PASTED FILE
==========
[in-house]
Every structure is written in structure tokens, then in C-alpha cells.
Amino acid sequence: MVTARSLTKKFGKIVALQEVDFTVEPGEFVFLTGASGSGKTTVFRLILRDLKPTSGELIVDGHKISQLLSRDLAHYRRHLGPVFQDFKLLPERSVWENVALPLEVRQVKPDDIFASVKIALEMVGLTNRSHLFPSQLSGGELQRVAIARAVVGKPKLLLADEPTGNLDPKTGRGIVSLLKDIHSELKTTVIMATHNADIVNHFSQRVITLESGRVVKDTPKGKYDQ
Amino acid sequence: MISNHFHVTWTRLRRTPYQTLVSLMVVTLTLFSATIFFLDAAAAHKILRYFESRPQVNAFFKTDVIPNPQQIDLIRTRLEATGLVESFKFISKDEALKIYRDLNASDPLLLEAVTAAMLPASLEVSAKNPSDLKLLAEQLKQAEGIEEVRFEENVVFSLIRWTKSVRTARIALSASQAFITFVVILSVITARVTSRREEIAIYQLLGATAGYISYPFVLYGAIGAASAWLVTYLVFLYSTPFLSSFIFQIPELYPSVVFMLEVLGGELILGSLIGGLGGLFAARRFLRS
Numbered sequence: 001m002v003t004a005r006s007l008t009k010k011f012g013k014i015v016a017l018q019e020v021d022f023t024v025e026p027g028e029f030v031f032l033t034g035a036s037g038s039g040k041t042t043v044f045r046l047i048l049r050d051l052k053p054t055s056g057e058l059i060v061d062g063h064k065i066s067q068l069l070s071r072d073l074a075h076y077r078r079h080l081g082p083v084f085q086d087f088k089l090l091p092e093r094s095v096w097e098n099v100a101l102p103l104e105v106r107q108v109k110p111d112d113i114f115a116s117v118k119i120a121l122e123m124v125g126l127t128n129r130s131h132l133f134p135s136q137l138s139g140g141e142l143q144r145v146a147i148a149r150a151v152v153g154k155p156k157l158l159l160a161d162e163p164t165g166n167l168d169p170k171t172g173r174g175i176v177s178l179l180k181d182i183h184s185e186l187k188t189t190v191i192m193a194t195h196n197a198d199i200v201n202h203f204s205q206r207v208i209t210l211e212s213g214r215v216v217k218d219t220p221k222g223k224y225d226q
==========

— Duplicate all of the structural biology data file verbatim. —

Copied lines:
[in-house]
Every structure is written in structure tokens, then in C-alpha cells.
Amino acid sequence: MVTARSLTKKFGKIVALQEVDFTVEPGEFVFLTGASGSGKTTVFRLILRDLKPTSGELIVDGHKISQLLSRDLAHYRRHLGPVFQDFKLLPERSVWENVALPLEVRQVKPDDIFASVKIALEMVGLTNRSHLFPSQLSGGELQRVAIARAVVGKPKLLLADEPTGNLDPKTGRGIVSLLKDIHSELKTTVIMATHNADIVNHFSQRVITLESGRVVKDTPKGKYDQ
Amino acid sequence: MISNHFHVTWTRLRRTPYQTLVSLMVVTLTLFSATIFFLDAAAAHKILRYFESRPQVNAFFKTDVIPNPQQIDLIRTRLEATGLVESFKFISKDEALKIYRDLNASDPLLLEAVTAAMLPASLEVSAKNPSDLKLLAEQLKQAEGIEEVRFEENVVFSLIRWTKSVRTARIALSASQAFITFVVILSVITARVTSRREEIAIYQLLGATAGYISYPFVLYGAIGAASAWLVTYLVFLYSTPFLSSFIFQIPELYPSVVFMLEVLGGELILGSLIGGLGGLFAARRFLRS
Numbered sequence: 001m002v003t004a005r006s007l008t009k010k011f012g013k014i015v016a017l018q019e020v021d022f023t024v025e026p027g028e029f030v031f032l033t034g035a036s037g038s039g040k041t042t043v044f045r046l047i048l049r050d051l052k053p054t055s056g057e058l059i060v061d062g063h064k065i066s067q068l069l070s071r072d073l074a075h076y077r078r079h080l081g082p083v084f085q086d087f088k089l090l091p092e093r094s095v096w097e098n099v100a101l102p103l104e105v106r107q108v109k110p111d112d113i114f115a116s117v118k119i120a121l122e123m124v125g126l127t128n129r130s131h132l133f134p135s136q137l138s139g140g141e142l143q144r145v146a147i148a149r150a151v152v153g154k155p156k157l158l159l160a161d162e163p164t165g166n167l168d169p170k171t172g173r174g175i176v177s178l179l180k181d182i183h184s185e186l187k188t189t190v191i192m193a194t195h196n197a198d199i200v201n202h203f204s205q206r207v208i209t210l211e212s213g214r215v216v217k218d219t220p221k222g223k224y225d226q